Abstract 543: ADAR1-mediated RNA Editing, a Novel Mechanism Controlling Phenotypic Modulation of Vascular Smooth Muscle Cells
Vascular smooth muscle (SMC) phenotypic modulation, the transition from a contractile to a proliferative phenotype accompanied by neointima formation following vascular injury, plays a critical role in the development and progression of several proliferative cardiovascular diseases such as atherosclerosis, hypertension, restenosis after angioplasty or bypass, diabetic vascular complications, and transplantation arteriopathy. A hallmark feature of the phenotypic modulation is the down-regulation of SMC contractile genes. Platelet-derived growth factor-BB (PDGF-BB), a well-known stimulator of SMC phenotypic modulation, down-regulates SMC gene expression via posttranscriptional regulation of the related genes. The post-transcriptional mechanisms involved in SMC phenotypic gene expression, however, remain largely unknown. We found that the down-regulation of SMC contractile genes is caused by abnormal RNA editing of their precursor mRNAs (pre-mRNAs). This abnormal pre-mRNA editing is facilitated by adenosine deaminase acting on RNA (ADAR), which converts adenosines to inosines (A→I editing). PDGF-BB induces ADAR1 while down-regulating the expression of SMC myosin heavy chain (SMMHC) and calponin (CNN). Knockdown of ADAR1 by shRNA restores PDGF-BB-blocked SMMHC and CNN expression, demonstrating that ADAR1 plays an essential role in SMC phenotype modulation. In vivo animal studies show that SMMHC and CNN pre-mRNA is accumulated while their mature mRNA is decreased in balloon-injured rat carotid arteries. Moreover, ADAR1 is highly induced in media layer SMCs initially, and neointima SMCs subsequently following the injury. Of importance, knockdown of ADAR1 dramatically inhibits injury-induced neointima formation, demonstrating a critical role of ADAR1 in vascular remodeling in vivo. Taken together, our study unraveled a novel molecular mechanism, i.e., pre-mRNA editing, governing SMC phenotypic modulation.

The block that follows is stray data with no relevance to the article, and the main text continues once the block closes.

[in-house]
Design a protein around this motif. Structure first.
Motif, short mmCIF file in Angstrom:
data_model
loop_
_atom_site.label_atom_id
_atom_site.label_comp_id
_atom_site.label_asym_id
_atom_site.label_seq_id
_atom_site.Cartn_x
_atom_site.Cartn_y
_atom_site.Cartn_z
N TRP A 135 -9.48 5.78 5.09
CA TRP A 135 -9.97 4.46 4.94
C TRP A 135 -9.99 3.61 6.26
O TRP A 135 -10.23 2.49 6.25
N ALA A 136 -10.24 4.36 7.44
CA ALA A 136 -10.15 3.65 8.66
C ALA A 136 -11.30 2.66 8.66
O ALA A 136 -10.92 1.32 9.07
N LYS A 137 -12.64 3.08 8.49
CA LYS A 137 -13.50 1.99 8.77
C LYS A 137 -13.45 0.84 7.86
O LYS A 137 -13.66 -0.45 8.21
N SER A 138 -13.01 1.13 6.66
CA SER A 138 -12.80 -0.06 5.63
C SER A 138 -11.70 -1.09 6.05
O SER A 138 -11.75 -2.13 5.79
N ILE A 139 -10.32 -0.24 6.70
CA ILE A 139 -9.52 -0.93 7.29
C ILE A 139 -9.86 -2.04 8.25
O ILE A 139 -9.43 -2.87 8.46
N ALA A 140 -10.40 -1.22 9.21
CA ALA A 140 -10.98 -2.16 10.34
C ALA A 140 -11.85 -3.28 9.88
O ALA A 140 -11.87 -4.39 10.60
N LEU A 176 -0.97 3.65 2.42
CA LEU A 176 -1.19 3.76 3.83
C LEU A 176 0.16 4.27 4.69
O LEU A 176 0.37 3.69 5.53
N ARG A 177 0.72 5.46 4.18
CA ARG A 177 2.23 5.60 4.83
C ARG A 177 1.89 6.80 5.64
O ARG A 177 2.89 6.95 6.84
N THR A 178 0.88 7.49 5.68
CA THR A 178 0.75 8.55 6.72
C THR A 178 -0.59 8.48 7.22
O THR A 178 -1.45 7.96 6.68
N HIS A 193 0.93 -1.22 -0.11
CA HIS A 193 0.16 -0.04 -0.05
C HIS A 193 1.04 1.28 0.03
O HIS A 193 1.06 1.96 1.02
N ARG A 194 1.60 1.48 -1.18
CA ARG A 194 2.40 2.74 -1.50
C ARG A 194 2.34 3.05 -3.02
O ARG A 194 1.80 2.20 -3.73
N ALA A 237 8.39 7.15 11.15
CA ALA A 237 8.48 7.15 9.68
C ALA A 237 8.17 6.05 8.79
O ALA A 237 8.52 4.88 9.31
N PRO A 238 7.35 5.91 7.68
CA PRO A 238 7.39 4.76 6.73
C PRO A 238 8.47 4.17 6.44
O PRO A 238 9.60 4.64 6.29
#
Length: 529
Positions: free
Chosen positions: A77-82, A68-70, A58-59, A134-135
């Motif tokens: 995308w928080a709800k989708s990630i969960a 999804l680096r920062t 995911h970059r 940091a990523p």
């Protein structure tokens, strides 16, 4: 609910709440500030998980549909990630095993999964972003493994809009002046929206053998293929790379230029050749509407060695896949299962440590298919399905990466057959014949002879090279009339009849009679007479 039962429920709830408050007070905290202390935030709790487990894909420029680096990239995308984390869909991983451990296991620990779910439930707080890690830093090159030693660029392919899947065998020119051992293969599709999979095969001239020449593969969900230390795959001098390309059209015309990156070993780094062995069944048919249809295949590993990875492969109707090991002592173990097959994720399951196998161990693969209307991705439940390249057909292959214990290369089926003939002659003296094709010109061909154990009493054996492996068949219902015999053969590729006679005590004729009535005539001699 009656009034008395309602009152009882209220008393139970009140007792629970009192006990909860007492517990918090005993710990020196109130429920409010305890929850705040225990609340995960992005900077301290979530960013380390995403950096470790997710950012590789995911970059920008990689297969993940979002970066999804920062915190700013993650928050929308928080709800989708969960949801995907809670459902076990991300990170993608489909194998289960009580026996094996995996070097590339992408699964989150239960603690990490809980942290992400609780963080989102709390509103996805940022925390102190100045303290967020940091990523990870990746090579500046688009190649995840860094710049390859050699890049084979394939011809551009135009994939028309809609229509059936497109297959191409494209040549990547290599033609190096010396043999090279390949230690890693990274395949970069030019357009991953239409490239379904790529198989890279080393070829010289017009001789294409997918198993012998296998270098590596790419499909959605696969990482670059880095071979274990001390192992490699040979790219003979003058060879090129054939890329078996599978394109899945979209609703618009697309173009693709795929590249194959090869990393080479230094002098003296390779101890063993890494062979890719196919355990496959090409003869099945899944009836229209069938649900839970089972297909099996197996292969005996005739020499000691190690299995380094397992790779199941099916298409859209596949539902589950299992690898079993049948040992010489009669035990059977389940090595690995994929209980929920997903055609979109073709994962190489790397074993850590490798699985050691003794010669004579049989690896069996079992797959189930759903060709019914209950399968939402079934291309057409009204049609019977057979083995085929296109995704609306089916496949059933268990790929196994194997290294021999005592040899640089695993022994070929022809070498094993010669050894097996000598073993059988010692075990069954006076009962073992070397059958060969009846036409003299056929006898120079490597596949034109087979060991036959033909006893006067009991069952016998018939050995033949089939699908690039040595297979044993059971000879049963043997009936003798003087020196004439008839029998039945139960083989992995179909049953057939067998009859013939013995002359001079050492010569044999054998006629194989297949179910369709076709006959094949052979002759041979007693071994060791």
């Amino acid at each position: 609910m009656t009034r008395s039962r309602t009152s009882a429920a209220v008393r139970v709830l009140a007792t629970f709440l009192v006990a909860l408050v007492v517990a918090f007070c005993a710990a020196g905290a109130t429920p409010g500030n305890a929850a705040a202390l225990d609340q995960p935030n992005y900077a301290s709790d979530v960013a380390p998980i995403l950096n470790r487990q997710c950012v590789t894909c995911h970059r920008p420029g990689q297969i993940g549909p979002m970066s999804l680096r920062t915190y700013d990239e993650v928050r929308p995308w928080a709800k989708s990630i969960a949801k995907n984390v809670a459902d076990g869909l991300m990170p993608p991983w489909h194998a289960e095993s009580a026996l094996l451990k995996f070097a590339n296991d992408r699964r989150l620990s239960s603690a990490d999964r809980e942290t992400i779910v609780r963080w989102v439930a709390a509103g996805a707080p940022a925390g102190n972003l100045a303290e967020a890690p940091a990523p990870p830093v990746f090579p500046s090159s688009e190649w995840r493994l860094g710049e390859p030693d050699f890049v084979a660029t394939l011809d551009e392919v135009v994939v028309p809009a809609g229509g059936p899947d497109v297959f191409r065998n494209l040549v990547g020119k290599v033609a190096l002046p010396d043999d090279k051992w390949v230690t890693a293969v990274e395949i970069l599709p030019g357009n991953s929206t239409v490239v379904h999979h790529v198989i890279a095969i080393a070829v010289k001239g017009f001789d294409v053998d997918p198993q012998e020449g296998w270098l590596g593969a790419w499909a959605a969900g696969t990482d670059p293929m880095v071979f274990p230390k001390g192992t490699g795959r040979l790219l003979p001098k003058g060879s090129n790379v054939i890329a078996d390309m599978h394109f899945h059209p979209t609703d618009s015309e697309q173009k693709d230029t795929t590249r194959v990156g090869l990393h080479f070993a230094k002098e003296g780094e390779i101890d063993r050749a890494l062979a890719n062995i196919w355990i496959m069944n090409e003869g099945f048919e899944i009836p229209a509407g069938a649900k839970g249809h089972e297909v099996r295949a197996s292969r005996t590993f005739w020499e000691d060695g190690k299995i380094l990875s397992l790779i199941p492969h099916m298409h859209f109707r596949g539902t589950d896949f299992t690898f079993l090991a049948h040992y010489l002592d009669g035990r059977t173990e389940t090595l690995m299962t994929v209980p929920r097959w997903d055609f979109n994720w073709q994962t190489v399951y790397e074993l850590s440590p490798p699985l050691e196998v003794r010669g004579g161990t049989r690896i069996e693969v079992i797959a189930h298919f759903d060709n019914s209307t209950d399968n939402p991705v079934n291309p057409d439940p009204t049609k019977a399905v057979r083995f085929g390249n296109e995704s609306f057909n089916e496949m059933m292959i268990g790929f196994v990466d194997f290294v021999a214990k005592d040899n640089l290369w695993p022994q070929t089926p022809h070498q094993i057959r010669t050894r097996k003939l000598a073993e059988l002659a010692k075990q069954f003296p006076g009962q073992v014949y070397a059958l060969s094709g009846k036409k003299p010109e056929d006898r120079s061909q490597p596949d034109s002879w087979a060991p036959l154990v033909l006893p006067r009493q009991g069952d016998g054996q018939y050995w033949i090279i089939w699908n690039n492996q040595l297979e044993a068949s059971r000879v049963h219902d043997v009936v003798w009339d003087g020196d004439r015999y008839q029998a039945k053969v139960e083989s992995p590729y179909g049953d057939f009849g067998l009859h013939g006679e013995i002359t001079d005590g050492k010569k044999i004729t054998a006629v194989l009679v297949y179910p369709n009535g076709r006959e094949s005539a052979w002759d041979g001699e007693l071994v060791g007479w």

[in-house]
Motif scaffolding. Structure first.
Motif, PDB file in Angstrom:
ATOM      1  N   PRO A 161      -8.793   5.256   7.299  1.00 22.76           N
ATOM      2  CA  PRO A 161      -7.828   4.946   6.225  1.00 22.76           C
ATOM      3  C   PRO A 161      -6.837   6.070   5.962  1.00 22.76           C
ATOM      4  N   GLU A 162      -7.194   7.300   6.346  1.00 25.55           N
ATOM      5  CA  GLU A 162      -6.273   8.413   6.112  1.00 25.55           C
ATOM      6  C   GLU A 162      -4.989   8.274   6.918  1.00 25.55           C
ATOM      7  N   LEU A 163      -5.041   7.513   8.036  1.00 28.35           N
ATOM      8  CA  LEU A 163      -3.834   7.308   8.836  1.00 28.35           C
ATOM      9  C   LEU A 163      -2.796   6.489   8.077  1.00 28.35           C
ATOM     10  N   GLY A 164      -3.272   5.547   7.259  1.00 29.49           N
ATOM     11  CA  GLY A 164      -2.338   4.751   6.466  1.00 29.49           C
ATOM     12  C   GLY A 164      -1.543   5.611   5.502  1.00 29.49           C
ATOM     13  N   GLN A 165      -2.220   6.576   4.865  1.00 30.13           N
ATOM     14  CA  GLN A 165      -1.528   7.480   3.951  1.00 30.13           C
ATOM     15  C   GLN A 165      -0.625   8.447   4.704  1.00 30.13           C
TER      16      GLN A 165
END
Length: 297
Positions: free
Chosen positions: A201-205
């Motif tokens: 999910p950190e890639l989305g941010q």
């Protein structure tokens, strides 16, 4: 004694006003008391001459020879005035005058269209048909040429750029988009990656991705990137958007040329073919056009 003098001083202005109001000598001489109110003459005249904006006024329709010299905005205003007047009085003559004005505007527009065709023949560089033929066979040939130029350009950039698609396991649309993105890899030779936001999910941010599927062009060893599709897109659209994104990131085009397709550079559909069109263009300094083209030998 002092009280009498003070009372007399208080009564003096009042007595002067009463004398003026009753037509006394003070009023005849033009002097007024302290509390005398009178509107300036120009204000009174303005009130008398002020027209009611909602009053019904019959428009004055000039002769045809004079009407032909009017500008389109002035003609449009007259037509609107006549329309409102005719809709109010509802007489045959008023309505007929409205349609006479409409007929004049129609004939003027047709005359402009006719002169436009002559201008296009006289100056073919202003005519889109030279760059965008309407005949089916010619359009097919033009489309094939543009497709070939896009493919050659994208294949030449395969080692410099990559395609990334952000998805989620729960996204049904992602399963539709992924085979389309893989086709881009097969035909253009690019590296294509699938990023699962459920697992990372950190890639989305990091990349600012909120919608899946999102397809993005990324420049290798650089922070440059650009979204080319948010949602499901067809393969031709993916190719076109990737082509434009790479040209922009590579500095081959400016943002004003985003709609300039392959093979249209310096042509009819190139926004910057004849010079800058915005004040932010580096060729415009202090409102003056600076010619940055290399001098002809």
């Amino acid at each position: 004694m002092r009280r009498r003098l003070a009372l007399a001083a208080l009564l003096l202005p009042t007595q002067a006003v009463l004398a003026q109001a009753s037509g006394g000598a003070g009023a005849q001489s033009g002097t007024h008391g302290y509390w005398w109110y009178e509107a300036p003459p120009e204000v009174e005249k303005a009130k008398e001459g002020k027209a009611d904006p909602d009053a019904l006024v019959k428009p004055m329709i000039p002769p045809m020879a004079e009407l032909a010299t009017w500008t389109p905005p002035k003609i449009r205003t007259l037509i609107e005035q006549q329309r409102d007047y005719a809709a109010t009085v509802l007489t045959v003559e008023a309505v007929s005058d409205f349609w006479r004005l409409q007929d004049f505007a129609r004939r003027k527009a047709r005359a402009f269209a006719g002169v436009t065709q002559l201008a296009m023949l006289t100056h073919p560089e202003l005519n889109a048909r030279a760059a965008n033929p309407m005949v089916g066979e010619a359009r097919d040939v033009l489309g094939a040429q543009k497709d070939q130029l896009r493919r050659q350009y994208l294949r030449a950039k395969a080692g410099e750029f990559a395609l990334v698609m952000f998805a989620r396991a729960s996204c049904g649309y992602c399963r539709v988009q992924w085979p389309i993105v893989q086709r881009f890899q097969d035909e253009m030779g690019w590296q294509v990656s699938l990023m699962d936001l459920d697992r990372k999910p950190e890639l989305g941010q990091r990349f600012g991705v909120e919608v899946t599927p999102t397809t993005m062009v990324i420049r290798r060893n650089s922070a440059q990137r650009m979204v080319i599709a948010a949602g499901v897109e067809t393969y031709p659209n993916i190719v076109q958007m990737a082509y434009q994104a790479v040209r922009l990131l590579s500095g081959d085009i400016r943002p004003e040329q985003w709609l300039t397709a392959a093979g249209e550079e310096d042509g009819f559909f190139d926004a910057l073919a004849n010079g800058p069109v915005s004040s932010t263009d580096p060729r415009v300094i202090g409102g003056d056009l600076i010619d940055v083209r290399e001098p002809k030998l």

- © 2013 by American Heart Association, Inc.